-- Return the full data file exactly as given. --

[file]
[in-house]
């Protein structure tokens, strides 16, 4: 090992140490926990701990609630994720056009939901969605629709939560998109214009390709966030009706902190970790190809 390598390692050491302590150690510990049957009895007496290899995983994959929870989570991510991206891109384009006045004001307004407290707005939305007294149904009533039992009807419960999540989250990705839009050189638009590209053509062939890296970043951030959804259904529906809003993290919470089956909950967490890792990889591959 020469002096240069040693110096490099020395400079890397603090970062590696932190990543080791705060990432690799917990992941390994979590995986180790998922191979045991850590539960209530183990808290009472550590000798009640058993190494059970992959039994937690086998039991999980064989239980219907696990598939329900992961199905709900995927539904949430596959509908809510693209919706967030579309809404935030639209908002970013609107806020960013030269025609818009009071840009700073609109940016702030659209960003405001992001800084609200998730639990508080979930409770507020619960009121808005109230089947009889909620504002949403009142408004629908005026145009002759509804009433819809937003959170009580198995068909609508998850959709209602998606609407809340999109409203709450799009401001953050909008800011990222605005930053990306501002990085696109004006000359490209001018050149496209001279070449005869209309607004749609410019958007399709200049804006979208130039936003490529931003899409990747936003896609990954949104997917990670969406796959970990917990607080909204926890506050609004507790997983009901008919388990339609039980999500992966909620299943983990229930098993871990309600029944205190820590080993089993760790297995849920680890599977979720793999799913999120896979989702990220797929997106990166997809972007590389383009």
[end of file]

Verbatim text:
[in-house]
């Protein structure tokens, strides 16, 4: 090992140490926990701990609630994720056009939901969605629709939560998109214009390709966030009706902190970790190809 390598390692050491302590150690510990049957009895007496290899995983994959929870989570991510991206891109384009006045004001307004407290707005939305007294149904009533039992009807419960999540989250990705839009050189638009590209053509062939890296970043951030959804259904529906809003993290919470089956909950967490890792990889591959 020469002096240069040693110096490099020395400079890397603090970062590696932190990543080791705060990432690799917990992941390994979590995986180790998922191979045991850590539960209530183990808290009472550590000798009640058993190494059970992959039994937690086998039991999980064989239980219907696990598939329900992961199905709900995927539904949430596959509908809510693209919706967030579309809404935030639209908002970013609107806020960013030269025609818009009071840009700073609109940016702030659209960003405001992001800084609200998730639990508080979930409770507020619960009121808005109230089947009889909620504002949403009142408004629908005026145009002759509804009433819809937003959170009580198995068909609508998850959709209602998606609407809340999109409203709450799009401001953050909008800011990222605005930053990306501002990085696109004006000359490209001018050149496209001279070449005869209309607004749609410019958007399709200049804006979208130039936003490529931003899409990747936003896609990954949104997917990670969406796959970990917990607080909204926890506050609004507790997983009901008919388990339609039980999500992966909620299943983990229930098993871990309600029944205190820590080993089993760790297995849920680890599977979720793999799913999120896979989702990220797929997106990166997809972007590389383009």